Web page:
In today’s Mewsing, we take a look at the beginning stages of the battle of Chancellorsville, fought this day in 1863. The battle was the epitome of the great working relationship between Robert E. Lee and “Stonewall” Jackson. Its battle plan—splitting an outnumbered army to attack the larger enemy—was a daring one that, even today, flies in the face of common sense. And yet it was a brilliant success. Chancellorsville may very well have been the Army of Northern Virginia’s greatest victory.
During the winter of 1862-63 the Confederate Army of Northern Virginia was encamped near Fredericksburg, Virginia. The Union Army of the Potomac lay facing them across the Rappahannock River. After the failure of the battle of Fredericksburg and the Mud March, President Lincoln replaced Gen. Ambrose Burnside with Gen. Joe “Fighting Joe” Hooker. Hooker was proud and known for criticizing others, but Lincoln hoped that that very pride and fighting spirit would make him a general who won battles.
Starting out on April 27, the Union army moved upriver, crossed, and passed around the Confederate left flank, forging ahead through the dense woods and undergrowth of the Wilderness. When they reached a clearing near Chancellorsville, the Chancellor’s house, they formed a battle line and settled down to await further orders. Hooker bragged that the Confederates would have to either run or fight the Union army on its own ground.
Gen. Lee was unsure where Hooker planned to attack. Some Union troops crossed the river in front of him, but they did not strike. Then Lee learned of Union troops near Chancellorsville. Lee quickly sent Gen. “Stonewall” Jackson’s corps off to find the Union army.
On May 1, the Union army hit the Confederates. But then Hooker told his men to halt and retreat to their original positions near the Chancellor house. The orders shocked and baffled his generals. They were doing well; why should they retreat? Later, Hooker explained, “For once I lost confidence in Hooker.”
On the evening of May 1, Lee met with Jackson. As they talked, Gen. Jeb Stuart rode up and told them the Union army’s right flank was in the air. Lee looked at Jackson. “What do you propose to do?”
On the sketched map provided by Jedediah Hotchkiss of his staff, Jackson pointed at a long road that led around the Union right flank. “Go around here.”
Lee asked what troops he would use.
Jackson calmly replied that he would use his whole corps.
Both generals knew this would leave only two divisions facing the rest of the Union army. But Lee trusted his second-in-command and hardly hesitated before saying, “Well, go on.”
At 7:00 a.m. on May 2, Jackson’s lead regiments marched past Lee’s headquarters. “Stonewall” rode up and down the lines, telling the men to “Press on! Press on!” They must march rapidly if they were to cover the 14 miles around the Union flank and still have time to attack before dark.
Later in the day, Union lookouts saw the marching Confederates, and Hooker realized they were trying to flank him. Some of his troops attacked the gray column but were beaten back. Hooker decided the Confederates must be retreating.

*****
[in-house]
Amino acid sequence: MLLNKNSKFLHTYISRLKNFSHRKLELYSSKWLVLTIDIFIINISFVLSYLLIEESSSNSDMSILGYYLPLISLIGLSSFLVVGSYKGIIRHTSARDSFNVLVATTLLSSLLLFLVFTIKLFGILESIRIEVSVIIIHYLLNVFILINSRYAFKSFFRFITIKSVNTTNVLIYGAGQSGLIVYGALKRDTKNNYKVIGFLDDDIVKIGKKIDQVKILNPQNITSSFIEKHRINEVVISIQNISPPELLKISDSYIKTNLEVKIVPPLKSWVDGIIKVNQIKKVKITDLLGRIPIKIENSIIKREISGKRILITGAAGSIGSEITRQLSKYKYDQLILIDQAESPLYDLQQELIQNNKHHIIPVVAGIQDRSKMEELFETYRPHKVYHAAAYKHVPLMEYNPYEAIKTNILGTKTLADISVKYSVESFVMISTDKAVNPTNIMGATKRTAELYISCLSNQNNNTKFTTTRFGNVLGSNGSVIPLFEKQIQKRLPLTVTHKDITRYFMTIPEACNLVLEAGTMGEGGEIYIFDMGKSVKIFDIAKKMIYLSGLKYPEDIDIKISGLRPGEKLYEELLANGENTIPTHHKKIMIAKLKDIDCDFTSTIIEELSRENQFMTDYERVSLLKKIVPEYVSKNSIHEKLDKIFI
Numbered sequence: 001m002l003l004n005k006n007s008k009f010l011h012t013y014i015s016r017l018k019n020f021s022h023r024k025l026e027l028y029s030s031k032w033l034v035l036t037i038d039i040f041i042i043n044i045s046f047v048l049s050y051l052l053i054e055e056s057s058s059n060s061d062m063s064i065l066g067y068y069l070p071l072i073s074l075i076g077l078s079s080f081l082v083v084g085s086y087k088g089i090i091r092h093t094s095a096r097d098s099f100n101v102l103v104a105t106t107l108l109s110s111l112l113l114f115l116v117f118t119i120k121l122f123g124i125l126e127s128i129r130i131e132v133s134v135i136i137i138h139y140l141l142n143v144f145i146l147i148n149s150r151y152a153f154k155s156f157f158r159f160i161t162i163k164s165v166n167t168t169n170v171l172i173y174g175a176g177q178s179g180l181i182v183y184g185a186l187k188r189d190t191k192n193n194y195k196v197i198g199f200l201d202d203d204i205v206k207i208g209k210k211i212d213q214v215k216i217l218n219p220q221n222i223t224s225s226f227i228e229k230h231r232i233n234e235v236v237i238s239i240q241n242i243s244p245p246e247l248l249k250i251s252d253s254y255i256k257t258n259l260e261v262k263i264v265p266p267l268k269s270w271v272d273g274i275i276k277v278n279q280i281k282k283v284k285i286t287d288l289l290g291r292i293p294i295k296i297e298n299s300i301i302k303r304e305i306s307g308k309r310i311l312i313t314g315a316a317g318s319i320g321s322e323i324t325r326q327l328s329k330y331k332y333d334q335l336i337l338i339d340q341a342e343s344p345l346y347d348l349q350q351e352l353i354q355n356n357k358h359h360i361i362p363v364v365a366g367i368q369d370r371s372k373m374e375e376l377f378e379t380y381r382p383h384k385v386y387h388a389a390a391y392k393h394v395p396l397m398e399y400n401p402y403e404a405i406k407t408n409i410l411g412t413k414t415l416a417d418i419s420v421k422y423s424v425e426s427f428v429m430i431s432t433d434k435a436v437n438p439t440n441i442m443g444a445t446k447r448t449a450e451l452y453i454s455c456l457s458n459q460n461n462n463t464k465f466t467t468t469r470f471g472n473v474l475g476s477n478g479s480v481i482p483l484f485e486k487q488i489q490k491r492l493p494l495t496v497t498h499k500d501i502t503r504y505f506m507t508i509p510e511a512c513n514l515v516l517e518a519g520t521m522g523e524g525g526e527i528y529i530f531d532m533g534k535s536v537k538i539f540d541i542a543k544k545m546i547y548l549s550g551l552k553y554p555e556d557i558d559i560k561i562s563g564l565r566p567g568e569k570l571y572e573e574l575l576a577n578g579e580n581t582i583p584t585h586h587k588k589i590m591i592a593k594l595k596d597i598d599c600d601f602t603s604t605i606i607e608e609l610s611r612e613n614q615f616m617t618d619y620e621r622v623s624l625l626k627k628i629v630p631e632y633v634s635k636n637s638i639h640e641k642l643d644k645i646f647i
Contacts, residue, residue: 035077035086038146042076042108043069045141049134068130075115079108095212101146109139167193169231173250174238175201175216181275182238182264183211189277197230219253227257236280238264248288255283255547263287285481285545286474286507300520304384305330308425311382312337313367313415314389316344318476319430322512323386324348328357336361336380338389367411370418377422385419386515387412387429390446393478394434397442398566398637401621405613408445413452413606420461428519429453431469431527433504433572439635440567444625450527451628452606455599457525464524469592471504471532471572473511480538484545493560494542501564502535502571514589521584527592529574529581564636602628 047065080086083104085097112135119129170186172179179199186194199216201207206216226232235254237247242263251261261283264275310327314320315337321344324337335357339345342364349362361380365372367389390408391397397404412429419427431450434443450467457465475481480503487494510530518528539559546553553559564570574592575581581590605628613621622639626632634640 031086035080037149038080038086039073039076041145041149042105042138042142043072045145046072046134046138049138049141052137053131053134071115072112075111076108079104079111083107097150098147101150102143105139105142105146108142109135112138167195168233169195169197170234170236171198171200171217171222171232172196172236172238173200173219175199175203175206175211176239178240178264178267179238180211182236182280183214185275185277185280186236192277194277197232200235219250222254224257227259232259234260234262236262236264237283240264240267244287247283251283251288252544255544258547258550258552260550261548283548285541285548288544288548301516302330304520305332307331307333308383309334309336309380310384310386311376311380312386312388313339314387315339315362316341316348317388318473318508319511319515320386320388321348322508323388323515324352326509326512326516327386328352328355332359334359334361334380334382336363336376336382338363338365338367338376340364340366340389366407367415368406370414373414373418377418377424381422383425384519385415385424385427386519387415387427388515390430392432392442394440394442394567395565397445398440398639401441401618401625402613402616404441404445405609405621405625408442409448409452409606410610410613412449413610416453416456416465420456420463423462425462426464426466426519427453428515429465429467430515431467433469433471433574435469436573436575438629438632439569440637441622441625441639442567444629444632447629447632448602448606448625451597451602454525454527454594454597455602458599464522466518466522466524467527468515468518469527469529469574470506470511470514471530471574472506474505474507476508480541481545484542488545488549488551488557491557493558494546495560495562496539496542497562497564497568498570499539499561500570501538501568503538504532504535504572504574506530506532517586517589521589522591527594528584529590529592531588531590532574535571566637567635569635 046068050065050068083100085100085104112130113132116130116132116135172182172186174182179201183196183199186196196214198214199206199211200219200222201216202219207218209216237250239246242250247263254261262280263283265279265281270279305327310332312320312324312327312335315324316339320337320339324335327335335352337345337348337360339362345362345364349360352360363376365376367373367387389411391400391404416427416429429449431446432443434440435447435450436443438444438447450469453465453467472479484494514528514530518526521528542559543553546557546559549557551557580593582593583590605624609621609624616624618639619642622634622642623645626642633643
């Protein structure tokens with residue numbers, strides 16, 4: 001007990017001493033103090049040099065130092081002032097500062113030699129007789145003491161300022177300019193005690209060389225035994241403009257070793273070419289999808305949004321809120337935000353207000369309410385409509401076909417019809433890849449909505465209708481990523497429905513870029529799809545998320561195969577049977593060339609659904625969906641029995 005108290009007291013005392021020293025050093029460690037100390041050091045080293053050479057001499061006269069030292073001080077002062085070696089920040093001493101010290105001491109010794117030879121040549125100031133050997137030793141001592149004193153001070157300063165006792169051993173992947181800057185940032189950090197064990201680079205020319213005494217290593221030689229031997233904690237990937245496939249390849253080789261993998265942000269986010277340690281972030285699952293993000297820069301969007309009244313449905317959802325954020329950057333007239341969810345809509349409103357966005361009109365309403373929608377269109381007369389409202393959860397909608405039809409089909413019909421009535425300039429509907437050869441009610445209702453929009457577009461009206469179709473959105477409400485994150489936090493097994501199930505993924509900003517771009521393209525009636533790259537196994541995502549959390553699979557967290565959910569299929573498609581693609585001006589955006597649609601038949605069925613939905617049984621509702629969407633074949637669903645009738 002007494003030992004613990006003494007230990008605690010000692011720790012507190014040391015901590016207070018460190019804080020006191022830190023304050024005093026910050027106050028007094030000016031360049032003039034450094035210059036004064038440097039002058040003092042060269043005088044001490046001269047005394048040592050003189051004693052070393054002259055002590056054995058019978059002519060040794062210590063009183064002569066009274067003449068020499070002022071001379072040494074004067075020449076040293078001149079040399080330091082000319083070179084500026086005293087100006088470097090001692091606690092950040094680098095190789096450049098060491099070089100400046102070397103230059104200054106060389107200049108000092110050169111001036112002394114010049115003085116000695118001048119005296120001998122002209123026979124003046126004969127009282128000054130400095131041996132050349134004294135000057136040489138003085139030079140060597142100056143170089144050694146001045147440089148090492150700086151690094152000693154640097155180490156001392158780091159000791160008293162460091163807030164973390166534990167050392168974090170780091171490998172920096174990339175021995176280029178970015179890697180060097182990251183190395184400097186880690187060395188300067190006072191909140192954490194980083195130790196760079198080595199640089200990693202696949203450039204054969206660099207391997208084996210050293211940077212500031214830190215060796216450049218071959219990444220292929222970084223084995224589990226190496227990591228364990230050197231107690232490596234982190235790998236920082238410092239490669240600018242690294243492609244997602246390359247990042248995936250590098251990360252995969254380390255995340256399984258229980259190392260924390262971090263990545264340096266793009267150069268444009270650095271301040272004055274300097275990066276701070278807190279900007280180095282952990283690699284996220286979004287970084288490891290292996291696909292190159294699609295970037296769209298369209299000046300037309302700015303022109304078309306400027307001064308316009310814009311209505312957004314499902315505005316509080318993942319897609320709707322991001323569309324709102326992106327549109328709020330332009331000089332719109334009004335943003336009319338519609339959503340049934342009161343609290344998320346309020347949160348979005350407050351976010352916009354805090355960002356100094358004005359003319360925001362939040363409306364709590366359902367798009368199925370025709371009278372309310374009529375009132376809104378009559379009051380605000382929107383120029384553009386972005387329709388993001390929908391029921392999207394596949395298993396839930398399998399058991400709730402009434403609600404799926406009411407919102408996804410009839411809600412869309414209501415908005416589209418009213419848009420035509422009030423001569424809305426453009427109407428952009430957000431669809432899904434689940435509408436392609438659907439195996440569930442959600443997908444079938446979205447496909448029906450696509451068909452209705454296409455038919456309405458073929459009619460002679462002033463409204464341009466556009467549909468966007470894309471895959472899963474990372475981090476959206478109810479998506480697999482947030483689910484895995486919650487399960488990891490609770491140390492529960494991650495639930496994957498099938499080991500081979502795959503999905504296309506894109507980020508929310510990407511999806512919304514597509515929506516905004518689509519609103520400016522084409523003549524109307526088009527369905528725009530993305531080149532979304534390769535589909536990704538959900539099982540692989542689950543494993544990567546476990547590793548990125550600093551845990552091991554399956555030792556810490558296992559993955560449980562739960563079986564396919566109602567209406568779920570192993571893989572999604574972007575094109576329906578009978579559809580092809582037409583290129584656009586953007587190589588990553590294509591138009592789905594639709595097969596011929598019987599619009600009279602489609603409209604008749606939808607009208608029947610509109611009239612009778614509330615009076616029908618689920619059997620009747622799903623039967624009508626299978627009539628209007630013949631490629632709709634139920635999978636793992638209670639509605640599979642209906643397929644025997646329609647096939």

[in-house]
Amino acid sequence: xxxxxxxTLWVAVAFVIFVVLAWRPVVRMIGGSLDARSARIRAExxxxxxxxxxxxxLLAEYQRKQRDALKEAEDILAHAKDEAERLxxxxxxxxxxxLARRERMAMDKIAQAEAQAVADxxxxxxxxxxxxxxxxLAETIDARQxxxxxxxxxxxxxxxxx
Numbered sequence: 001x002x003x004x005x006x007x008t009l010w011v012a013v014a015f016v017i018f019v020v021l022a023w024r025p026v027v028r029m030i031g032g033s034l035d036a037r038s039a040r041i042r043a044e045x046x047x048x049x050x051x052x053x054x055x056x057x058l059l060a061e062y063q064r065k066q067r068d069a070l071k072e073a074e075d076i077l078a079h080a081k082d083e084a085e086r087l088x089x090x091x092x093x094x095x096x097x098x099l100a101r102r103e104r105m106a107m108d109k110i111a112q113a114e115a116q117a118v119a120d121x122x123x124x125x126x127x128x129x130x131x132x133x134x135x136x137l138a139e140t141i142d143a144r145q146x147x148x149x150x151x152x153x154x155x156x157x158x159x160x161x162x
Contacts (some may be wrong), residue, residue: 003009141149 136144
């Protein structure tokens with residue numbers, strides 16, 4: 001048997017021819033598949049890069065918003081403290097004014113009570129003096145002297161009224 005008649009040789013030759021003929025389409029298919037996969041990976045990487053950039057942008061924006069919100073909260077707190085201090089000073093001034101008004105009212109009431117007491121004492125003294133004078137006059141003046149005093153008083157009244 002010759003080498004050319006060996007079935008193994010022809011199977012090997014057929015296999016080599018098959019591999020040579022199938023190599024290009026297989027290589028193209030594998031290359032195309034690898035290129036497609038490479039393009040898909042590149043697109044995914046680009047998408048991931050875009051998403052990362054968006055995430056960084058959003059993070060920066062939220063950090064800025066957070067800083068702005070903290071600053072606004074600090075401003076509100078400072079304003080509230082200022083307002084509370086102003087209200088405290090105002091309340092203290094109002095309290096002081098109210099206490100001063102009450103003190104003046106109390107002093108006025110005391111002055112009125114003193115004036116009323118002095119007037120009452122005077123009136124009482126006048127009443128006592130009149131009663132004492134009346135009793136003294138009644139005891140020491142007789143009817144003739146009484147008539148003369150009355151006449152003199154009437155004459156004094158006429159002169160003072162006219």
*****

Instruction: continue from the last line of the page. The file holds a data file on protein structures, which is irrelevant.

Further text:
At last, the Confederates reached their positions and formed into three lines of battle. At 5:15 p.m., with less than three hours left before dark, Jackson turned to Gen. Robert E. Rodes, commanding the first battle line, and asked if everything was ready. Rodes replied in the affirmative. “You can go forward, then,” Jackson said calmly.
The unsuspecting Union soldiers were preparing dinner when deer, rabbits, squirrels and all sorts of forest animals began scurrying through the camp. The soldiers laughed and joked about the animals but did not wonder at the reason. Suddenly, thousands of Confederates appeared through the trees, screaming the high-pitched Rebel Yell.
The gray lines swarmed over the surprised Union soldiers, some of whom were so scared they couldn’t even fire their guns before being swept away by the gray juggernaut. The Union flank crumbled. By the time darkness halted the attack, two miles of the Union line had been rolled up.
Lee and Jackson’s gamble had paid off. But this was not a time to rest on their laurels; there was more work to be done in the morning—unless a night attack could be made. “Stonewall” Jackson rode out between the opposing lines to reconnoiter and decide…but that is a Mewsing for another time.
On the evening of April 9, 1865, Gen. Joshua Chamberlain received word that he would command the Union troops receiving the surrender of the Confederate Army of Northern Virginia. Gen. Grant had been generous in his terms to Gen. Lee, but he did feel and insist that the Confederates should lay down their arms before Union troops representing the Union army. Chamberlain, feeling “this was to be a crowning incident of history,” asked his corps commander, Gen. Griffin, if he could use his old Third Brigade, who he had served with for two years and commanded after Gettysburg. “I thought these veterans deserved this recognition,” he recalled in his reminiscences. Griffin obliged, transferring Chamberlain to command of the Third instead of the First Brigade.